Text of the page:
HS: The Poe novels seem to be turning into a series. I'm currently about two-thirds of the way through the third one, THE MASK OF RED DEATH, in which Poe teams up with Kit Carson, and I have plans for a fourth, in which Poe travels to Boston and gets embroiled in a mystery involving, among other figures, Henry David Thoreau.
TBR: As a professor of American literature and culture at Queens College, you must be very busy. How do you fit novel writing into your schedule?
HS: Well, being a professor allows a person a fair amount of flexibility, since it's not a nine-to-five, seven-day-a-week job. And I'm kind of a slow-but-steady writer. Basically, I write every morning and try to produce a minimum of one finished page a day, which is a pretty achievable goal. I keep telling students who want to write that if they just do a page a day, they'll end up with a 350 page book at the end of a year, which is essentially what I do.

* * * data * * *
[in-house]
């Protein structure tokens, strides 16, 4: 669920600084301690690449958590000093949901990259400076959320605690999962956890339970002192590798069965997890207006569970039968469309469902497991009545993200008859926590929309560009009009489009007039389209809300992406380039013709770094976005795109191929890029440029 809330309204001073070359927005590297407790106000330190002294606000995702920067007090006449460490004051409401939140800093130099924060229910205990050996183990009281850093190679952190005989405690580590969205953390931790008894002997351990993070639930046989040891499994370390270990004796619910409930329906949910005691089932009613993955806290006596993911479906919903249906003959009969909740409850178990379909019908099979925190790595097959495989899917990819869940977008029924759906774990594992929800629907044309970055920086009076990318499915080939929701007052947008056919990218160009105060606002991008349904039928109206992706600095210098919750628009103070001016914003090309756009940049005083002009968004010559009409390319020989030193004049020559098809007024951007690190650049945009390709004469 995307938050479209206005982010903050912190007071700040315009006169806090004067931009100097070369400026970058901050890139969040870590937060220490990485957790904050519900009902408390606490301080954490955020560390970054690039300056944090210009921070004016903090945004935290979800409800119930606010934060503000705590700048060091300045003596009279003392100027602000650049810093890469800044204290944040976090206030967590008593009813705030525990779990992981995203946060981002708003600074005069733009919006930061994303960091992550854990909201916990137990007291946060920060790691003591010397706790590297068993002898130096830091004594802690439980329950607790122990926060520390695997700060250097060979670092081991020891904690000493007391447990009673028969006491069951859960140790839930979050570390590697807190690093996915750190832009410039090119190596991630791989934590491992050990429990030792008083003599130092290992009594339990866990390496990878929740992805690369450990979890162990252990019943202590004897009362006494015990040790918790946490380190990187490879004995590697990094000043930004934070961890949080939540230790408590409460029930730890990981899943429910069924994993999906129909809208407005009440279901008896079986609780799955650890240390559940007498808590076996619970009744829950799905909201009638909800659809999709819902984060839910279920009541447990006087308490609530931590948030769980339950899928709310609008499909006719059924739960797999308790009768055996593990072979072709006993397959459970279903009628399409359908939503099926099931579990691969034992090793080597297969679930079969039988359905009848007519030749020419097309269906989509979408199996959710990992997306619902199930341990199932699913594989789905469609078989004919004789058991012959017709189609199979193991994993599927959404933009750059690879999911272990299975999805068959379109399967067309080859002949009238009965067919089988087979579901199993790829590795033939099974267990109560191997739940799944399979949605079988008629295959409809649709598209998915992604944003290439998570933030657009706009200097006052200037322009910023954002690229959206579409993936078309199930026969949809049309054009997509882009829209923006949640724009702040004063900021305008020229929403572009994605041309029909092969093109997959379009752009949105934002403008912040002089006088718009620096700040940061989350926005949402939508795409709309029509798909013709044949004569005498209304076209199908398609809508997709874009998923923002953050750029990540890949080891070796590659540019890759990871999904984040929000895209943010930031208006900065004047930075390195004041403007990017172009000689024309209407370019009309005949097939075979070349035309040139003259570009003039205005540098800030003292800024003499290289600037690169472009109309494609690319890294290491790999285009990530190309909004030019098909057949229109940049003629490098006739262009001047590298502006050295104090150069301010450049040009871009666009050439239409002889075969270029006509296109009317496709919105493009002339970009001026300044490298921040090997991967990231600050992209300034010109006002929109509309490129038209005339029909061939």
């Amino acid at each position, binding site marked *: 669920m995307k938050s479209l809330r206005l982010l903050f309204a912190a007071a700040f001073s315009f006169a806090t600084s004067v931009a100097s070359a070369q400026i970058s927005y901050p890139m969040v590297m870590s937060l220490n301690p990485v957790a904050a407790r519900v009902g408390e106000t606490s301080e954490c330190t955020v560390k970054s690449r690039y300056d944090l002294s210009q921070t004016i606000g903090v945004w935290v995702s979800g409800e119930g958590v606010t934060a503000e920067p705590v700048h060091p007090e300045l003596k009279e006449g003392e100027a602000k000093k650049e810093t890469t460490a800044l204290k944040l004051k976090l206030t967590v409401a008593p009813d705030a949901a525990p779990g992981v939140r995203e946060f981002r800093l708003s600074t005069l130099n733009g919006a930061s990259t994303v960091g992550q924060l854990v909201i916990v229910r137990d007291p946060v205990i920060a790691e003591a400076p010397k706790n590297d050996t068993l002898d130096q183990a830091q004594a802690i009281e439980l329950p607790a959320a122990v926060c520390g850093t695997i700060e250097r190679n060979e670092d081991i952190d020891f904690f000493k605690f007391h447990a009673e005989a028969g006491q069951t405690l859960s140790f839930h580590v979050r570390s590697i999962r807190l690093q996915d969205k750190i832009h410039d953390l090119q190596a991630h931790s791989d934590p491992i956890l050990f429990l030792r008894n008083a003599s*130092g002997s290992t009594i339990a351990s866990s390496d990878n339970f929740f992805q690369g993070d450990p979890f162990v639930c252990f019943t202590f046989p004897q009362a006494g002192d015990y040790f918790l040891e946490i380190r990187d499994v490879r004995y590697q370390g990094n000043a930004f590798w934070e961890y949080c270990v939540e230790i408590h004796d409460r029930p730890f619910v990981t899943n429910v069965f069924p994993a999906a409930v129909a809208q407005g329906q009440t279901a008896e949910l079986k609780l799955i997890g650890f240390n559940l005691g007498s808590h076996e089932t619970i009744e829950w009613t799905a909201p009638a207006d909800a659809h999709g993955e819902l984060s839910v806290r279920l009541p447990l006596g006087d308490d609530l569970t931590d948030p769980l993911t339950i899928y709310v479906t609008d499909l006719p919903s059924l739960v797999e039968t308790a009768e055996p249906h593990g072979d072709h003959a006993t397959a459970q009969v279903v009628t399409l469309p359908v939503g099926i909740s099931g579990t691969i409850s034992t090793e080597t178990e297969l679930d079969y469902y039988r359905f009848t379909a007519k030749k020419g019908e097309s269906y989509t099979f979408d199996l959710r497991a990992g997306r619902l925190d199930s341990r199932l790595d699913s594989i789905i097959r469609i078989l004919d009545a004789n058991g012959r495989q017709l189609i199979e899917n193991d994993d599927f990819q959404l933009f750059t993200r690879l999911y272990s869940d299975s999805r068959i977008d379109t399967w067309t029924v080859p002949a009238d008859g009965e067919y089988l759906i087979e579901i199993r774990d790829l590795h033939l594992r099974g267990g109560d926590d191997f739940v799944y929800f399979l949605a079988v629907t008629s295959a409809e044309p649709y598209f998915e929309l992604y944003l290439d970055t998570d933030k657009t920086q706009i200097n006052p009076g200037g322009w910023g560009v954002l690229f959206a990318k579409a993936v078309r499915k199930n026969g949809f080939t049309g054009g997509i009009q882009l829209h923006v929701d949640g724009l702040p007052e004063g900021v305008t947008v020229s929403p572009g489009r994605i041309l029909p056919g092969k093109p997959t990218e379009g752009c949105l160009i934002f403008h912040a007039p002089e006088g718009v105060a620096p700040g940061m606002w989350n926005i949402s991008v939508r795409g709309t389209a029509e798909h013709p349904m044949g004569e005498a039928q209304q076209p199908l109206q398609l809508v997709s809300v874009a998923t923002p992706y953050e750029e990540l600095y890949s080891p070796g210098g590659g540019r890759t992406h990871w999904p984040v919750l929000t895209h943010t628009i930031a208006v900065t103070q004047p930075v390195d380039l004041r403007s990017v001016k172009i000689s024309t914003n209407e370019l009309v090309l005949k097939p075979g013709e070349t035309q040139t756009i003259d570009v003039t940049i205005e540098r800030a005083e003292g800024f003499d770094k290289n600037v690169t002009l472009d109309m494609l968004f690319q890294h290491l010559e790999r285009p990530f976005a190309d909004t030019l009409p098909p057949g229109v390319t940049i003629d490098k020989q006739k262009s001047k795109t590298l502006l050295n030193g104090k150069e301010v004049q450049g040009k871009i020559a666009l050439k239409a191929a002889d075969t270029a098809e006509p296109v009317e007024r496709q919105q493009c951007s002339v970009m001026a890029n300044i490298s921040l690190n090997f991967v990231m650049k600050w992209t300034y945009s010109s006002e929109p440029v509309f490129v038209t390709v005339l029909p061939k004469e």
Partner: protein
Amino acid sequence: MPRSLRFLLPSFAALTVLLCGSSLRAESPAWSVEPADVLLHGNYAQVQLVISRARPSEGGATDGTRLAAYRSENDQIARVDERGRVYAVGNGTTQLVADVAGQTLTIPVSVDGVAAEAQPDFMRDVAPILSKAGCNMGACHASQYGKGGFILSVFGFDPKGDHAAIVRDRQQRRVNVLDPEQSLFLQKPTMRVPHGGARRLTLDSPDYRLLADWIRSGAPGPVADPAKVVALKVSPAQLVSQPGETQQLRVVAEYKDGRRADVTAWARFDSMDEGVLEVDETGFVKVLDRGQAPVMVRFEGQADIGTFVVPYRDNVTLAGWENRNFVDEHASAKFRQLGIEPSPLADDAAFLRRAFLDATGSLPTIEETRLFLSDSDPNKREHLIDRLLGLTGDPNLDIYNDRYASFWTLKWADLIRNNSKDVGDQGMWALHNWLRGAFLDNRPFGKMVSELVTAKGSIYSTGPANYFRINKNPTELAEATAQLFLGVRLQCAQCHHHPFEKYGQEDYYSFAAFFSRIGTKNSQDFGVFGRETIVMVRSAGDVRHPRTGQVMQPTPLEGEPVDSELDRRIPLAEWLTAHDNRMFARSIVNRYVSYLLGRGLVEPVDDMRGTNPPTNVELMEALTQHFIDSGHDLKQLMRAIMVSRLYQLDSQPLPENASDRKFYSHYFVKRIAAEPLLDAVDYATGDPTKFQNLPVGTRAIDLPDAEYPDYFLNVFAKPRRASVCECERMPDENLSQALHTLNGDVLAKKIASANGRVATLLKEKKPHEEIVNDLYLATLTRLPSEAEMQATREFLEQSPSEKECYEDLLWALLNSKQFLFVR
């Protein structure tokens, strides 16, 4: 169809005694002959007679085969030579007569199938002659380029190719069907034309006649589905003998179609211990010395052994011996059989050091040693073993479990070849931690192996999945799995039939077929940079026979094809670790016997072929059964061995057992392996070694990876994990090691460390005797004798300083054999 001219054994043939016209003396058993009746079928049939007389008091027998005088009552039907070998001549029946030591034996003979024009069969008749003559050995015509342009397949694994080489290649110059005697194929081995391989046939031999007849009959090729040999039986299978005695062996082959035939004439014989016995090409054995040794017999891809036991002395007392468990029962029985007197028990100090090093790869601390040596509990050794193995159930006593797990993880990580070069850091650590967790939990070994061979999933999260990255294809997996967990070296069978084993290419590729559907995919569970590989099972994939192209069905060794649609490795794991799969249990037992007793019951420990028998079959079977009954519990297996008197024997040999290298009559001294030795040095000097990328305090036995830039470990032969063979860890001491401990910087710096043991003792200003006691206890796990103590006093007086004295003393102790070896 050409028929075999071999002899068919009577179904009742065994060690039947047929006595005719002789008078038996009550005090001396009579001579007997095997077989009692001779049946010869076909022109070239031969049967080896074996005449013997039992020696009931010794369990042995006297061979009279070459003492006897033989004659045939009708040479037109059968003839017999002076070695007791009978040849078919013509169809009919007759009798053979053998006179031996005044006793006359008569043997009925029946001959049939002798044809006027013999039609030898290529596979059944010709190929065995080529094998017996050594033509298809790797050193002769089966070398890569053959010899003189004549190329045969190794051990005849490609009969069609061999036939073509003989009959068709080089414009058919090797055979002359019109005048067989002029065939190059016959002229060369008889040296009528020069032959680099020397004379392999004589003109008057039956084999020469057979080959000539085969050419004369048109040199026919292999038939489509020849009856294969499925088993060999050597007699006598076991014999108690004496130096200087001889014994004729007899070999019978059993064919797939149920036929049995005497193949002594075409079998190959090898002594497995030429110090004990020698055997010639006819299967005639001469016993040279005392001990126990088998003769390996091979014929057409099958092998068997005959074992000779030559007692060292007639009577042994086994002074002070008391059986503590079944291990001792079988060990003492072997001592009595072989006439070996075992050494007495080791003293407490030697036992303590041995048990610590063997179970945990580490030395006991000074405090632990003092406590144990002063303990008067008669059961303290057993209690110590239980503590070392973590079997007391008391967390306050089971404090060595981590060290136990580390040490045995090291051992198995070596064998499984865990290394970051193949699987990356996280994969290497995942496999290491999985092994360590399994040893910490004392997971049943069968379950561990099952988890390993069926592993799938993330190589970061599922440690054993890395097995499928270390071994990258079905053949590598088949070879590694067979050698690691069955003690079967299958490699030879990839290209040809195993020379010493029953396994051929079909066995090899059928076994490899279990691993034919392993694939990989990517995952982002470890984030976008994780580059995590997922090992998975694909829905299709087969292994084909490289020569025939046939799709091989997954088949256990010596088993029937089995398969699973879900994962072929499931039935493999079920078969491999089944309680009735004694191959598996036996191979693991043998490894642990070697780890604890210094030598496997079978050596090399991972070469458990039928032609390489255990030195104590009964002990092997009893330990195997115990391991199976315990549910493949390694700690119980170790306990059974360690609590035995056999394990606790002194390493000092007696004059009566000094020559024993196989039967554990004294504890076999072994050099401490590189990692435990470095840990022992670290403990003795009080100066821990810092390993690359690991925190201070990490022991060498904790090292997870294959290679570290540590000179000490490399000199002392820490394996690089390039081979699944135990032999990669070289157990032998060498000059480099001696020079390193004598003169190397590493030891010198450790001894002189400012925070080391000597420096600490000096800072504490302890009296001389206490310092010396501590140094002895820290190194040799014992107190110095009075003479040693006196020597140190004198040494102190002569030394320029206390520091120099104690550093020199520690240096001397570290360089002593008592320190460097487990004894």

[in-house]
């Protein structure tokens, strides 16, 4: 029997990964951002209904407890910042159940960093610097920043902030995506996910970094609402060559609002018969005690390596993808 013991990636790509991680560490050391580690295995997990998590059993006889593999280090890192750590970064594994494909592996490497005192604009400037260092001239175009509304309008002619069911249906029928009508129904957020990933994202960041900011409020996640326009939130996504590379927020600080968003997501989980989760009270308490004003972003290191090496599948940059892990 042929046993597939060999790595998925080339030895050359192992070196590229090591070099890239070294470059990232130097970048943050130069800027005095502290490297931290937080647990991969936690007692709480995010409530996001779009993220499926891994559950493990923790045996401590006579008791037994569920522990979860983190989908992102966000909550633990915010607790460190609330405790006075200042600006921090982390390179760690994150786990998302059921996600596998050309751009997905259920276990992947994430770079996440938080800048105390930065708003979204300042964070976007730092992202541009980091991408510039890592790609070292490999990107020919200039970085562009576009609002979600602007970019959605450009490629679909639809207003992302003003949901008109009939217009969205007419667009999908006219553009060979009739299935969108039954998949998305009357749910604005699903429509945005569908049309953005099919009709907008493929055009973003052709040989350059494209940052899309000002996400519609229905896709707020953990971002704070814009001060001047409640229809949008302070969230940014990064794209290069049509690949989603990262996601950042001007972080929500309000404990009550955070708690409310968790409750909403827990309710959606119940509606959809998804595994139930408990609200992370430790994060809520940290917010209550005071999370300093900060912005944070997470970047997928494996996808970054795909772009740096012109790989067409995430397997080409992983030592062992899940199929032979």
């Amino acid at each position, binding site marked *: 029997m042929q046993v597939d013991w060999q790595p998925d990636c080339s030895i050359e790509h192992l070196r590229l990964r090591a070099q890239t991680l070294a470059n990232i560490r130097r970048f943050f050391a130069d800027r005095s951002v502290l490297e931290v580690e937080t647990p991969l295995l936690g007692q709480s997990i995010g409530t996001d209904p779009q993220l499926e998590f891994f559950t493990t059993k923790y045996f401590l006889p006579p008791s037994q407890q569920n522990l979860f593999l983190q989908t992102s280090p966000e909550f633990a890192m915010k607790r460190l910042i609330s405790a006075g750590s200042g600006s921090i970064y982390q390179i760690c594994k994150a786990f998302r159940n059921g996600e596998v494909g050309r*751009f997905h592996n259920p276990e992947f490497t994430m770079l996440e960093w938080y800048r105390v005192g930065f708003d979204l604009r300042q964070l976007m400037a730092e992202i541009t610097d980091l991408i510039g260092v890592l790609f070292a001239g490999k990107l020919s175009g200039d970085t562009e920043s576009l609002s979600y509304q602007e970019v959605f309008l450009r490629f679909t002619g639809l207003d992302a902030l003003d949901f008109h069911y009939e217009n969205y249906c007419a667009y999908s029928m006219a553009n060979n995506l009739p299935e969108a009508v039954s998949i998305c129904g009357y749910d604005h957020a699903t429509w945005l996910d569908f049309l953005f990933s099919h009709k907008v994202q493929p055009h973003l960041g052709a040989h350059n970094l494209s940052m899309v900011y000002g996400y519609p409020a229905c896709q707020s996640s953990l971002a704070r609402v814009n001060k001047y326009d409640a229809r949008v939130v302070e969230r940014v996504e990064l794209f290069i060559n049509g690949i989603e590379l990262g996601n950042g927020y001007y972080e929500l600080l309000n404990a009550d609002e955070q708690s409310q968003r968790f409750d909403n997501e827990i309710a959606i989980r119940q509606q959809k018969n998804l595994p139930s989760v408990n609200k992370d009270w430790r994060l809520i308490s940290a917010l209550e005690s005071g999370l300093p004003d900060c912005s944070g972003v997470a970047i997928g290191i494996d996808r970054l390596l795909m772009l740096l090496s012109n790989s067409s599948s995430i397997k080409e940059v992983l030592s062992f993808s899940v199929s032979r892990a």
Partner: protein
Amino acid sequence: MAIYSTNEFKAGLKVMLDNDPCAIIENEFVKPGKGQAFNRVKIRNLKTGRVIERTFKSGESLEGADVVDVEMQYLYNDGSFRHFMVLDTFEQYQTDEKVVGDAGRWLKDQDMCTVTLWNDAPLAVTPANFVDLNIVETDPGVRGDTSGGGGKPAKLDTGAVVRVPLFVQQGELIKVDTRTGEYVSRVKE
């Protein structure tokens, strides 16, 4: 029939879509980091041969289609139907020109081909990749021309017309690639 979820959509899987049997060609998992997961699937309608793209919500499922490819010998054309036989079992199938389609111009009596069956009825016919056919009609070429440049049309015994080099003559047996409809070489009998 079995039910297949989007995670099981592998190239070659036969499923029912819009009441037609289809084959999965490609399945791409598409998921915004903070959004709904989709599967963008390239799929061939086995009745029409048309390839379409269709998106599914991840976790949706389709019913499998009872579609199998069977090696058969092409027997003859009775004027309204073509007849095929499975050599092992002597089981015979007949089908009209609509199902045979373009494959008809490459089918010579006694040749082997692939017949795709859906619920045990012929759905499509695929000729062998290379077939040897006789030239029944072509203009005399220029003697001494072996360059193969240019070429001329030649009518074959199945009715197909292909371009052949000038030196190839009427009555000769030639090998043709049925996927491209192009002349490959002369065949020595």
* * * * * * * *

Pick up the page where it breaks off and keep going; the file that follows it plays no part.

TBR: Which authors and/or books have most inspired you?
HS: There are probably too many to list, but I could happily read MOBY DICK more or less endlessly. And I count Emerson among my major inspirations.
TBR: Although the answer seems obvious, can you envision THE HUM BUG as a movie? And who would you cast as P.T. Barnum and Edgar Allan Poe?
HS: God willing. I always thought Johnny Depp would make a great Poe, but he's played the part so often now --- first in SLEEPY HOLLOW, more recently in FROM HELL --- that it would seem redundant for him, so I'm not sure. Barnum's trickier. Maybe a slightly more rotund Michael Keaton. His turn in BEETLEJUICE, after all, was a kind of hopped-up, scuzzier, Barnum-type character.
TBR: Historical fiction is very popular right now. What advice can you give those desiring to break into this genre?
HS: One thing that readers seem to enjoy in my books --- particularly THE HUM BUG --- is the evocation of the period. So obviously immersing yourself in research is very important. (Actually, that's one of the reasons I enjoy writing historical fiction myself. As an academic I love to dig around in dusty old books, etc., and writing books like THE HUM BUG allows me to gratify that interest.)